Nick Gillespie: Where does the vilification of alcohol come from in a Christian context because you now certainly there's one in the Bible Jesus maybe he didn’t wine but he certainly produced the water wine and obviously Catholics, Jews, many protestant groups didn’t have problems with beer or wine or anything like that. What is their connection at certain religious people draw with it?
Garrett Peck: It came about during the early part of the temperance movement in 1820s or 1830s and these people so adamantly a favor or abstinence they believe that therefore because they were followers therefore Jesus had to become one as well. So they reinterpreted the Bible and said where it says wine it was actually unpermitted wine. Even though there was no scientific basis for that or whatsoever or any cultural basis within Judaism. But they had an ideology and therefore that became a weakness test for them.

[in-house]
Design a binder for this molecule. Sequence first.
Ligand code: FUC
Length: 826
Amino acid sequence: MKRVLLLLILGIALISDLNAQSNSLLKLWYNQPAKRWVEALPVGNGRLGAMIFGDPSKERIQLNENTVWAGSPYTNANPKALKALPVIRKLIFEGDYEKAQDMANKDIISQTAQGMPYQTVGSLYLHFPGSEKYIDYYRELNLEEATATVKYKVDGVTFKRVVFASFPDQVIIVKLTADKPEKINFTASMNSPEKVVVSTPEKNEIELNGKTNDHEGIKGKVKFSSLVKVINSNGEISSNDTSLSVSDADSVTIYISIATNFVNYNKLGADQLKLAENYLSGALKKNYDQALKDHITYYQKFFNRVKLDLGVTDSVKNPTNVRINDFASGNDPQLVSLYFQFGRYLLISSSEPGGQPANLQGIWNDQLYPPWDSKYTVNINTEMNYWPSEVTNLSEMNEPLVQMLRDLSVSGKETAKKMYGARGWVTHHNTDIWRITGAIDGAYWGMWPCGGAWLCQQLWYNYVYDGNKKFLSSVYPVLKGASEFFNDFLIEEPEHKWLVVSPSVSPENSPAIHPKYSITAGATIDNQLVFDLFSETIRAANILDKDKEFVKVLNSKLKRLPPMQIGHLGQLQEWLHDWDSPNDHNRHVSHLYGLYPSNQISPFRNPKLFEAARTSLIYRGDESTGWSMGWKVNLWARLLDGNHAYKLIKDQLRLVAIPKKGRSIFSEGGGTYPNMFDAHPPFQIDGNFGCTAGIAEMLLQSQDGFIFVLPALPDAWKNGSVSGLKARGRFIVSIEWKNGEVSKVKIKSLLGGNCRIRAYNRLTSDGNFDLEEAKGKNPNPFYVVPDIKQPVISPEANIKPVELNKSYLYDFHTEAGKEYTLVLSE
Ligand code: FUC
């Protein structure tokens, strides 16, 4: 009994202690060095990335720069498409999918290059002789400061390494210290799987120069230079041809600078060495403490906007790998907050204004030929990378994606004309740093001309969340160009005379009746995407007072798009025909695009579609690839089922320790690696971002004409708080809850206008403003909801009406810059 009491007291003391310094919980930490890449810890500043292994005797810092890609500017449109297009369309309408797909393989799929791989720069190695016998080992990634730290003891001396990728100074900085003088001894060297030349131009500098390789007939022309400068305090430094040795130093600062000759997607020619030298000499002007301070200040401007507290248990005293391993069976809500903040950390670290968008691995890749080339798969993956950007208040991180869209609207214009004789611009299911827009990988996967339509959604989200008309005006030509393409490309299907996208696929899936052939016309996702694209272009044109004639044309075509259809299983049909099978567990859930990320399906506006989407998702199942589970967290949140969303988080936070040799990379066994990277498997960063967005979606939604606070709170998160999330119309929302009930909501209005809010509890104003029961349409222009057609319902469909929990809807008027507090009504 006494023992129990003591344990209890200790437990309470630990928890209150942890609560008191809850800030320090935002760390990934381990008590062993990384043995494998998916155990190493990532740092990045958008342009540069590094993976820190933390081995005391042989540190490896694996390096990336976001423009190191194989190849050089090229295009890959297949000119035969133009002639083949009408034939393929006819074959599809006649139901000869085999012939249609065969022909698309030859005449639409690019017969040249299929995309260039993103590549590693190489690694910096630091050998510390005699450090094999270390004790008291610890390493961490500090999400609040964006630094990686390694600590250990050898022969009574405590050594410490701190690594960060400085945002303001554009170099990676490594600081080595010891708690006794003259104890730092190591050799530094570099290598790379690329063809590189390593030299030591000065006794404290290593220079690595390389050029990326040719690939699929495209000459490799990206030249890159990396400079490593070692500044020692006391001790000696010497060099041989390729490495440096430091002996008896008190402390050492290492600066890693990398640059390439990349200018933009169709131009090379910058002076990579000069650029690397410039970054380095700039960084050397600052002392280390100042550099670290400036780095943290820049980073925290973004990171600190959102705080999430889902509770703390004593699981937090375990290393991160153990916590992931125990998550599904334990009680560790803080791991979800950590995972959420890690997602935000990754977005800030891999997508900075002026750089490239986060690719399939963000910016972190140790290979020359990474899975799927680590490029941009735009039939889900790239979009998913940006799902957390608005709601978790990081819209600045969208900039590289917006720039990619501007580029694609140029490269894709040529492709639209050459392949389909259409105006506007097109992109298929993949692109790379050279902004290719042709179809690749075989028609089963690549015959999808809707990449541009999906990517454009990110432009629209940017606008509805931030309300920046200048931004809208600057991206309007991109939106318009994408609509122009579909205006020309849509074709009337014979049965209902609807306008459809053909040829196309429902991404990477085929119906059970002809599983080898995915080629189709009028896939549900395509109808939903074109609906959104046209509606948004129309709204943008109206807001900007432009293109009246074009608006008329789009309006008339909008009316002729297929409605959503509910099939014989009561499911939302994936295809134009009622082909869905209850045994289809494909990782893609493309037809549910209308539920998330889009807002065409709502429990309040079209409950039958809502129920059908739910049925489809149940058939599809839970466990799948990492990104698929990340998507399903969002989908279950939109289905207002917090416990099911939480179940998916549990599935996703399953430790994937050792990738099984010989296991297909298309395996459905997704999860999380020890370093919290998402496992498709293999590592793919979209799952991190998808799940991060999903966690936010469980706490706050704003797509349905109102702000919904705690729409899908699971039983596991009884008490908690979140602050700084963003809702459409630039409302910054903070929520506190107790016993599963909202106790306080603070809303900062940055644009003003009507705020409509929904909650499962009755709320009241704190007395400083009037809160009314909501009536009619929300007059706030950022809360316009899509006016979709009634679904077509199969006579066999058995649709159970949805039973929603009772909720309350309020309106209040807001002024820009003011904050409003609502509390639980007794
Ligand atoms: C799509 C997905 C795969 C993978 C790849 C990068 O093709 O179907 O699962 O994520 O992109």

Nick Gillespie: And then why did that argument carry over so widely into an American culture that was teaming with Europeans who did not have the same approach you know like Americans, Asians or whatever.
Garrett Peck: The temperance movement kind of came head to head with this huge wave of Catholic immigrants who brought their drinking habits with them. I mean Catholicism has never had a theological issue with alcohol. And the American protestants who were running the country at that time so all these new people come in and saying you know what you want to become a good American you want to become a citizen you need to act like us, we don’t drink so a lot of ways to speak for them to impose their cultural values on these new comers into the country.